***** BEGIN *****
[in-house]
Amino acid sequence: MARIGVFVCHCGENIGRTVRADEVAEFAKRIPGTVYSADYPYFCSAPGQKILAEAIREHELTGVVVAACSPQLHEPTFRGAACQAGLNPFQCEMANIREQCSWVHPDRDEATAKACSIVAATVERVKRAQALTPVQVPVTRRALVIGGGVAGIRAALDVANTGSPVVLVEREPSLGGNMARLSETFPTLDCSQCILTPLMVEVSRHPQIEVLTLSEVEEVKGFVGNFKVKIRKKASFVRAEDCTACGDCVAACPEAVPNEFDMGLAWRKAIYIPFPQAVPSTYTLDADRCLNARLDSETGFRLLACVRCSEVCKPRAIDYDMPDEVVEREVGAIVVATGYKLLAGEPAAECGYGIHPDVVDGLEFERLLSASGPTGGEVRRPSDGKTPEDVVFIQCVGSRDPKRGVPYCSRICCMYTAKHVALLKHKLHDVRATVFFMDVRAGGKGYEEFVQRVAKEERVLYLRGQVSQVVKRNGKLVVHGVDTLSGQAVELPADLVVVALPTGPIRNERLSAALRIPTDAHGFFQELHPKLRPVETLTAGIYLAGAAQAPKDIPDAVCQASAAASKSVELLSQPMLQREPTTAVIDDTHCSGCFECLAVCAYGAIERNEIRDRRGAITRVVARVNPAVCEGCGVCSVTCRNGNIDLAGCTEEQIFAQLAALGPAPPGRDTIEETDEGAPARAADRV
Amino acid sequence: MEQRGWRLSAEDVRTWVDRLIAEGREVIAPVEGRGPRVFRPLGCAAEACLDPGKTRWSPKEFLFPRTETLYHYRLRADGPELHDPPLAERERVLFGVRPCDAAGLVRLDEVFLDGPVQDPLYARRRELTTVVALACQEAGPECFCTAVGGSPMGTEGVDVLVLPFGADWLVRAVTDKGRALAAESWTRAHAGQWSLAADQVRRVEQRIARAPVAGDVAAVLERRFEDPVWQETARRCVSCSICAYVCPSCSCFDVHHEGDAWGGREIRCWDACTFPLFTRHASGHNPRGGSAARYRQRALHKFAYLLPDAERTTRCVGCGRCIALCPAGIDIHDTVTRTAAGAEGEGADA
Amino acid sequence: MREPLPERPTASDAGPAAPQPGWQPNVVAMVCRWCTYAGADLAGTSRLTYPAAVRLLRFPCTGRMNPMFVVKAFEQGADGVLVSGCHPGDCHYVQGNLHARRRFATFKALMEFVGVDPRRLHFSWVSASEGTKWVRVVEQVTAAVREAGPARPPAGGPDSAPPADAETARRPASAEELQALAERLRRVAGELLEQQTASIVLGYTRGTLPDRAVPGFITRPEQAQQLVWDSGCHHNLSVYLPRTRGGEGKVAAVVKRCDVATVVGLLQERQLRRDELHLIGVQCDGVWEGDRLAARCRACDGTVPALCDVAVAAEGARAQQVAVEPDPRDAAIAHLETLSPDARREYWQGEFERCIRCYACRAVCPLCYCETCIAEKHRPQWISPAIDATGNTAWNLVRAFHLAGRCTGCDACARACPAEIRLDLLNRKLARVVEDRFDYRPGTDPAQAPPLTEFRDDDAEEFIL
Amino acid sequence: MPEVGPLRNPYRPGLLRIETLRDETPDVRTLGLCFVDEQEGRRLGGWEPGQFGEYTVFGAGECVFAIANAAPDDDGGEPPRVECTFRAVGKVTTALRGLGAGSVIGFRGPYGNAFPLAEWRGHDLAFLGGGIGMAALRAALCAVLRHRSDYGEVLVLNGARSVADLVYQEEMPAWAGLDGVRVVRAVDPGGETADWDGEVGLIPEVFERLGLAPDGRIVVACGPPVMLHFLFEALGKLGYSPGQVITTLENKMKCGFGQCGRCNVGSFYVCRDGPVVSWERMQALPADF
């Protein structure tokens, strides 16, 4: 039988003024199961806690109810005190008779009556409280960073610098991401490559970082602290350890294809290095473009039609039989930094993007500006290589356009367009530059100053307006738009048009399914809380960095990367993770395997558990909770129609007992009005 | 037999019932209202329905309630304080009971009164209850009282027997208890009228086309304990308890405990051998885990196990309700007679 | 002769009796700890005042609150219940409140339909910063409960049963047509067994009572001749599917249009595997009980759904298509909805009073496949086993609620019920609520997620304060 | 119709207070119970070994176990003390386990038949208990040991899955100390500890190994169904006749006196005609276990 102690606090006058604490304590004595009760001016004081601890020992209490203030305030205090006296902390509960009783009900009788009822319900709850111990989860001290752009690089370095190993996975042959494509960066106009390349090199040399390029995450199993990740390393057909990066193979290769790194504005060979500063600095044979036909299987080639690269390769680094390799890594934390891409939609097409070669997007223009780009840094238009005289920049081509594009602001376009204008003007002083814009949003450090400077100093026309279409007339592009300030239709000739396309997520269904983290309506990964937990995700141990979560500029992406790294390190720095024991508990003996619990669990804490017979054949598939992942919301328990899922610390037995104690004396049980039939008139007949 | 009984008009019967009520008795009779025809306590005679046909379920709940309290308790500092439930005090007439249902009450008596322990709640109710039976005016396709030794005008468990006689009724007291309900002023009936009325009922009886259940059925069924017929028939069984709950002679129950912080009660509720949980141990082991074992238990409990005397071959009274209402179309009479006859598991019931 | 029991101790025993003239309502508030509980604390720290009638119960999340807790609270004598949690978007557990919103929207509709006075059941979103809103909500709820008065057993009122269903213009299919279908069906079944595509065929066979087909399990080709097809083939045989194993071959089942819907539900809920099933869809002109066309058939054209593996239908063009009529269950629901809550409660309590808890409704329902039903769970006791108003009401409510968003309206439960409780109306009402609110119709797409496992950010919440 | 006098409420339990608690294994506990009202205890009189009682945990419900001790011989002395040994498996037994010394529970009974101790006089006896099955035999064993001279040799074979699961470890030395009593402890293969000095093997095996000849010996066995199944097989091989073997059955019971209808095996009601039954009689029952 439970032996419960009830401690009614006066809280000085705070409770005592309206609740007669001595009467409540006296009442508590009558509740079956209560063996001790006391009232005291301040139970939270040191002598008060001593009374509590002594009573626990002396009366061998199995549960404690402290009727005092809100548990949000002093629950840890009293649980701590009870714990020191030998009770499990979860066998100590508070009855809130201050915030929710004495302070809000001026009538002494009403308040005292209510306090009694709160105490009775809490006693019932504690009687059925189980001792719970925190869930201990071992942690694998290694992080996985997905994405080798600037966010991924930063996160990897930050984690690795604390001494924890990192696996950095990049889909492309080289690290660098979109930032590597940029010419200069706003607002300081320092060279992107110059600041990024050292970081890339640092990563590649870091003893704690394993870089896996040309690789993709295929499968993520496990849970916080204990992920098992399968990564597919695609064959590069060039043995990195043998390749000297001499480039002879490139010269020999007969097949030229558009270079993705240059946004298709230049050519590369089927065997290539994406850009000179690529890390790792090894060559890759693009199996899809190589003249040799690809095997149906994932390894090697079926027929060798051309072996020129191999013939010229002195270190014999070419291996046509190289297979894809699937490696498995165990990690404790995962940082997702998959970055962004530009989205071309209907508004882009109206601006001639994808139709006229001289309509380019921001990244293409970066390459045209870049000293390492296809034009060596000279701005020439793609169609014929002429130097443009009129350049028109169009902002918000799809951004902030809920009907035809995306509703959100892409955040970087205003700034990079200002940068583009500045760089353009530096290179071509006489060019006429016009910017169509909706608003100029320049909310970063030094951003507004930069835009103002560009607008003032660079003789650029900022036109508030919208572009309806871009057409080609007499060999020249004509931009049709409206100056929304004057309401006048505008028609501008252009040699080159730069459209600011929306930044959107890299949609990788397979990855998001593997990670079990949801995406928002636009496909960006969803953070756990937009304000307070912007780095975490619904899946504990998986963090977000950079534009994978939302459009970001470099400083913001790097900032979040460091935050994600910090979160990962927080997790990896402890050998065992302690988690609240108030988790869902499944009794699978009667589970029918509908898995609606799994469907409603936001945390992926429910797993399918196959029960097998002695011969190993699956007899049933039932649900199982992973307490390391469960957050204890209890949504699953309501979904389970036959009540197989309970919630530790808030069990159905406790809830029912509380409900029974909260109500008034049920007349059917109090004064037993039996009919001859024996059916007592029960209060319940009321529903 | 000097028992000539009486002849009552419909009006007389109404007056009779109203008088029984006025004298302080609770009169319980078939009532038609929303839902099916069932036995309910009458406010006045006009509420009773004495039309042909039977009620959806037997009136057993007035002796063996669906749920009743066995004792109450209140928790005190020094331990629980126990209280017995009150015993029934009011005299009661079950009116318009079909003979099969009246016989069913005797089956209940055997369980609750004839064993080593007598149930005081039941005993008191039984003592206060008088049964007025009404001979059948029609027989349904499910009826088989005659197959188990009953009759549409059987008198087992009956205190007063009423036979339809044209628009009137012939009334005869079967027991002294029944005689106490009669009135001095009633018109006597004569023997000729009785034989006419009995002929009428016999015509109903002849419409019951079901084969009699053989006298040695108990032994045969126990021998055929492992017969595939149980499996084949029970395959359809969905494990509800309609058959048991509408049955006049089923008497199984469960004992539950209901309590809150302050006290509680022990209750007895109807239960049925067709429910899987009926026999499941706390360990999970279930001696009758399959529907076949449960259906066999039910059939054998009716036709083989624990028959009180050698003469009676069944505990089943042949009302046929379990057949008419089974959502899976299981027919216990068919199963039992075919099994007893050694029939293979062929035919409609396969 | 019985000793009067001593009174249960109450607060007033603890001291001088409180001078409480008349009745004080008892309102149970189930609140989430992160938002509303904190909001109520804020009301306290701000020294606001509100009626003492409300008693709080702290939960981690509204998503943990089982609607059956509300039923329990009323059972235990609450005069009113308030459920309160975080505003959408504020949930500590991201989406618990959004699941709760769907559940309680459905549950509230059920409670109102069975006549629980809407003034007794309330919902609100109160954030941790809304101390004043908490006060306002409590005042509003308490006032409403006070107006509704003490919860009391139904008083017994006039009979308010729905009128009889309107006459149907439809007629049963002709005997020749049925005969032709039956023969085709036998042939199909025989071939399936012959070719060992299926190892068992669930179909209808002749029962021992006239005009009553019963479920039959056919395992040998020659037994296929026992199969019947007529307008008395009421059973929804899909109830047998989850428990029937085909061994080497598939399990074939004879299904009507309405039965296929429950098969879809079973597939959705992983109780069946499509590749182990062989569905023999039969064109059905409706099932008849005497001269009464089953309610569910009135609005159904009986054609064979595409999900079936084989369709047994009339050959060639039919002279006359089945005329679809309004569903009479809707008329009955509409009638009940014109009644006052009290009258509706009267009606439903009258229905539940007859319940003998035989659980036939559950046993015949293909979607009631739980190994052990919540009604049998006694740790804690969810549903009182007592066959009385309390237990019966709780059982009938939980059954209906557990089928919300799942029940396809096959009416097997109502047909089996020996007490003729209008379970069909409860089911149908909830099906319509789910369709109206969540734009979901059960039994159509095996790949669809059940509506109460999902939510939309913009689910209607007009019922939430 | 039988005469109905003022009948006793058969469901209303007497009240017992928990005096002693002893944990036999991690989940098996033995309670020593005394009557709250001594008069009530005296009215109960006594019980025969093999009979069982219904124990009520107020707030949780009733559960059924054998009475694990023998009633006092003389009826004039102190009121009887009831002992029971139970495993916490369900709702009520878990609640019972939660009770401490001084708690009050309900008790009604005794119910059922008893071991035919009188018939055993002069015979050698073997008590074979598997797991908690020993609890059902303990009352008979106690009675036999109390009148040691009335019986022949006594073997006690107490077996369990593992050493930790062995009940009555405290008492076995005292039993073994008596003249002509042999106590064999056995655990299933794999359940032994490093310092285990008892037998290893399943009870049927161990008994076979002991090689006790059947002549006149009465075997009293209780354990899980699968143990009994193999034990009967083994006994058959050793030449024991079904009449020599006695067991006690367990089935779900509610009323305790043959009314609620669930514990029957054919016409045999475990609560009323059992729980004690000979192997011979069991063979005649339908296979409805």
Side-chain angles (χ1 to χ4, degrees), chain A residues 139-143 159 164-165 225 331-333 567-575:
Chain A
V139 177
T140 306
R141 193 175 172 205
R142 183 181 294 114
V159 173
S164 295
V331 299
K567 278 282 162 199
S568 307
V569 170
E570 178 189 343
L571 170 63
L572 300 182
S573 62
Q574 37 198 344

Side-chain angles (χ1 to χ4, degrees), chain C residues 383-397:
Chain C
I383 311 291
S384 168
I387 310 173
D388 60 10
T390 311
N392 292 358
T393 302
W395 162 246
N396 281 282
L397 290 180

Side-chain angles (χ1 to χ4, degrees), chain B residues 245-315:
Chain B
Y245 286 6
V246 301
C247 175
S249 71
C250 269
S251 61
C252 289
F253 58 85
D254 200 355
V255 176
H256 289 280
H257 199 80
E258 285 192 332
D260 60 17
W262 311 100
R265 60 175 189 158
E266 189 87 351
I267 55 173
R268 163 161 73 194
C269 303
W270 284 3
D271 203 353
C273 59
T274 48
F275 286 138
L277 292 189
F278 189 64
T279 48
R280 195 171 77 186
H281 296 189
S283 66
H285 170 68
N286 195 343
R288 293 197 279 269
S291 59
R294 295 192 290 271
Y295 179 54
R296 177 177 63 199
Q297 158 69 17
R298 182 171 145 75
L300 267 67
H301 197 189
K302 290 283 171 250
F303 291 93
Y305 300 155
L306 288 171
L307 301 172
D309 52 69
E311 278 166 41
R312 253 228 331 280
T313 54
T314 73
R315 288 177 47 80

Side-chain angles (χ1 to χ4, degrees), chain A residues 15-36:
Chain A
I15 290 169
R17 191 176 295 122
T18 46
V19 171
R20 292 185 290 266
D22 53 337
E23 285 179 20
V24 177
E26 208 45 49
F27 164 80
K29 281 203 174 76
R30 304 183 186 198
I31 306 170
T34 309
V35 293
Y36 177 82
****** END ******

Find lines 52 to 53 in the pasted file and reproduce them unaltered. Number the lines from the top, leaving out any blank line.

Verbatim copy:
W262 311 100
R265 60 175 189 158